Posts filed under 'Verizon Wireless'

Day 1 News from International CES 2013 (Consumer Electronics Show), Las Vegas

At the outset, we would like to wish a Very Happy New Year to our readers and Thank You for your continued patronage of CellStrat content. This is the first post of this year and starts with lot of hopes and aspirations for our readers and ourselves in the Year 2013.

As is customary each year, the year kicks off with the massive Consumer Electronics Show or CES in Las Vegas. We are glad to report from the ground there (well, just kidding) – we are hooked to the internet and getting minute by minute news feed from the ground so it is same as being there physically (almost).

Today was the first major day of CES. Some notable news from CES :

Qualcomm CEO Paul Jacobs opens the event with the “Born Mobile” mantra

Every year, either Bill Gates or Steve Balmer provide the opening keynote at CES but this year it was taken by Qualcomm CEO, a pre-dominantly mobile chip firm. This highlights the importance of Mobile to all things electronic now. With smarter devices and smarter everything, mobile chips are in almost everything we see in the future right from home appliances to mobile devices to industrial equipment, as well as most automotive assets like cars, trucks and containers.

Paul Jacobs explained his “Born Mobile” mantra today and there was a surprise when Steve Ballmer joined him on stage briefly – Paul said that even Microsoft has adopted the Born Mobile mantra. Paul launched Qaulcomm’s new Snapdragon 800 processors, which are the fastest mobile processors on earth as per him. These chips are about 75% faster than previous processors and can deliver HD video seamlessly as well as support Ultra HD television.

Sony launches new signature smartphones

Sony launched new Xperia Z Android smartphones, which have a five-inch screen, HD 1080p Reality Display and 13 megapixel camera. It is powered by a Qualcomm quad-core Snapdragon processor. What was unique is the new One Touch functionality that allows the device to wirelessly interact with other Sony devices such as speakers, headphones and TVs. Sony showcased a new Bravia TV which can display the phone content from the new smartphones if the phone is tapped to the TV remote.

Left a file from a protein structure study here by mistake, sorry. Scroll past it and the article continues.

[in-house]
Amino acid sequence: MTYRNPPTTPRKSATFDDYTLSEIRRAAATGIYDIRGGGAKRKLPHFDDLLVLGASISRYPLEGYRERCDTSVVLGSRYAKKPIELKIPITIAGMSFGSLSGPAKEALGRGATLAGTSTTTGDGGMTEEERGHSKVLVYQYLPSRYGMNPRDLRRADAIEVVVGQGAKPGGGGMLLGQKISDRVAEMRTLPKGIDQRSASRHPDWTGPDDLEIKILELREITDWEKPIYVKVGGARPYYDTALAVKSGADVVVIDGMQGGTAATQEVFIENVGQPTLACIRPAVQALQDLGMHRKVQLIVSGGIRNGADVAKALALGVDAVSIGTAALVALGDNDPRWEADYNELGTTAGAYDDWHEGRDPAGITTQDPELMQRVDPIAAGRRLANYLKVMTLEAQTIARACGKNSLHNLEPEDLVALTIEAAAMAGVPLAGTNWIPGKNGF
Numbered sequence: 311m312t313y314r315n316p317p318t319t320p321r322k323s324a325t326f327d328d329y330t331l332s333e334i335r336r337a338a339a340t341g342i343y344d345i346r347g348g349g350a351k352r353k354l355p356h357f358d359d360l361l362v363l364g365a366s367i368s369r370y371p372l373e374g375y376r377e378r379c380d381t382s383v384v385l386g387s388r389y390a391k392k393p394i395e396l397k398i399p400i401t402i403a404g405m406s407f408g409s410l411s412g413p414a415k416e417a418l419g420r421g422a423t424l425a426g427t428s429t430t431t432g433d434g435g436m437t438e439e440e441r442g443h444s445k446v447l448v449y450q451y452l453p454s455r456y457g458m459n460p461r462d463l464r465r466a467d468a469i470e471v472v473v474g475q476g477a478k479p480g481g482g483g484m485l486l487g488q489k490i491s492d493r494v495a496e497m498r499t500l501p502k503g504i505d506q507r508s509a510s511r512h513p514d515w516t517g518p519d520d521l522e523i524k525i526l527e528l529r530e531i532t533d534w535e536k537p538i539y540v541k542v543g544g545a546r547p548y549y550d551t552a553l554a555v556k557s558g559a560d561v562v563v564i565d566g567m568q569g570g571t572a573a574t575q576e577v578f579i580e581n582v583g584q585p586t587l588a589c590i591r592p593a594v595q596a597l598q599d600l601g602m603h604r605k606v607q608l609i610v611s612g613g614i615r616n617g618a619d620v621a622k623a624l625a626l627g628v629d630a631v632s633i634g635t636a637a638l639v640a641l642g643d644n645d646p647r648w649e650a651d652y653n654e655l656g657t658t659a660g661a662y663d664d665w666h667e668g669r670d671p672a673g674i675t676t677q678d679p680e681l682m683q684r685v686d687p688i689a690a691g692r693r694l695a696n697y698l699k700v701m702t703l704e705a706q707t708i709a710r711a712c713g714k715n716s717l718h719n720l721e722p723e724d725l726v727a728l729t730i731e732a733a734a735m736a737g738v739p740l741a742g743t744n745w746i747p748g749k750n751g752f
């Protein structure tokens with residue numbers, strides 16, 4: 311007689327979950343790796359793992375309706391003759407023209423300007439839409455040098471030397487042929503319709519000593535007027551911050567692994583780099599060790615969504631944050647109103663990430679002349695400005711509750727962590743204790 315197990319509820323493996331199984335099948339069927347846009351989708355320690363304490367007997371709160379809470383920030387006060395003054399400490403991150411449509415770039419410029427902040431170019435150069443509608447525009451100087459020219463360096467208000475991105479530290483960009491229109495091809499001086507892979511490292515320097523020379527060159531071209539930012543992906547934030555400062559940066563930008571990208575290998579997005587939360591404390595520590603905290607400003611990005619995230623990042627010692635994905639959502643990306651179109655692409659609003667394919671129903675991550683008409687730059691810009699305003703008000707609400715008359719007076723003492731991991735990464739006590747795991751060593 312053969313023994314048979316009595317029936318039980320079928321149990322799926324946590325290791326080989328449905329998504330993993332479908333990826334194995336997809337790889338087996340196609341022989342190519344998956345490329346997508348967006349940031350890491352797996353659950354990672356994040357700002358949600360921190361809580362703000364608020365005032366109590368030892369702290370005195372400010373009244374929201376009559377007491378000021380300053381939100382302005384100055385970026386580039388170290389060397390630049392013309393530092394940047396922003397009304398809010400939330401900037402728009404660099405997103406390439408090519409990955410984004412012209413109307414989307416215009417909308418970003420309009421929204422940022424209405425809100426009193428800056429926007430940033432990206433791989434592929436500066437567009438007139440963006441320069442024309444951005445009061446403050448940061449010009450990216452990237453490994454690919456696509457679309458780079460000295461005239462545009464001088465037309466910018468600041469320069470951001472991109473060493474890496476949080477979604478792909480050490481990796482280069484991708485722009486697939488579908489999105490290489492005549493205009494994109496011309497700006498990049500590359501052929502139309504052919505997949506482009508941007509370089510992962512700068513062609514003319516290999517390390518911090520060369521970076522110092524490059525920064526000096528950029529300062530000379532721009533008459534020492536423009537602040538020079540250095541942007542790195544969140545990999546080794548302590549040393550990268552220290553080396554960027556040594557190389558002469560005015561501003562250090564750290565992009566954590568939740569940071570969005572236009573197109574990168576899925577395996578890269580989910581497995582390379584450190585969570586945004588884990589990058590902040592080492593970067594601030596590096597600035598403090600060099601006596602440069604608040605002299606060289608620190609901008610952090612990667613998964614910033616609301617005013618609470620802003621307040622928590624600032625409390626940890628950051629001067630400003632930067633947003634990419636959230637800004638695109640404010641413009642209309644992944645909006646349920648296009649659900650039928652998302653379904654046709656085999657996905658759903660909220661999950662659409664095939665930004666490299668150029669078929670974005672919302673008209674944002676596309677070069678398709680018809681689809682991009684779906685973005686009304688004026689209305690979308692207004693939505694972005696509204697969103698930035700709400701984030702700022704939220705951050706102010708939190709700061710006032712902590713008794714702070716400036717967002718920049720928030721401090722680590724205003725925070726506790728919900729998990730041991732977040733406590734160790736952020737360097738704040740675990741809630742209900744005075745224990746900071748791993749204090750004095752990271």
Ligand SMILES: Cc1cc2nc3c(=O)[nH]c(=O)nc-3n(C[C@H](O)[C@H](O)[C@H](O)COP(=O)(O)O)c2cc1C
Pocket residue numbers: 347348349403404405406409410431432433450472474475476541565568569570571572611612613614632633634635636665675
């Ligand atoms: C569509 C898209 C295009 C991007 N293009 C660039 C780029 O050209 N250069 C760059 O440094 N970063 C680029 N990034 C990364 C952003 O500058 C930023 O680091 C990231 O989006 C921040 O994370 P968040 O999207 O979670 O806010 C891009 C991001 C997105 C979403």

Intel launches new smartphone chip family

Intel launched new chips for smartphones and tablets at CES today. Intel has been late to the mobile party and struggled againts ARM Holding and Qualcomm in this space. Now it is trying to get its mobile act together with an array of new smartphone and tablet chips.

The company’s new Atom processors which are in the next-gen category will be available in 2013 holiday period. The new chips assume Touch based interface as a key aspect of the functionality.

Samsung brings smartphone experience to it’s TVs

Samsung announced seamless integration between its smartphones and Smart TVs. The phone functionality of Touch and Speech recognition will be made available in Smart TVs. Samsung is probably the biggest success story of 2012 and has taken market share in almost all categories.

AT&T focuses on Digital Life and Project VIP

AT&T CEO Ralph de la Vega showcased the new Digital Life offering which falls in the Connected Devices or M2M category. This solution involves a Connected Home and Security apparatus and applications with remote management and monitoring of the Home by consumers and home owners. Glenn Lurie, head of AT&T’s Connected Devices business said, that less than 20% of US homes have security and less than 1% homes have home automation.

AT&T is pioneering the M2M space and a global leader in evolving and maturing M2M business models around Home and Security.

AT&T also announced APIs for developers to provide advanced call management applications – these probably use the IMS or IP Multimedia Subsystem interface to the wireless network.

AT&T also announced its intentions to deploy its new LTE network to 300 million people by end-2014. Currently, AT&T’s LTE network reaches 170 million people in USA which places it in second ranking behind Verizon in LTE deployments.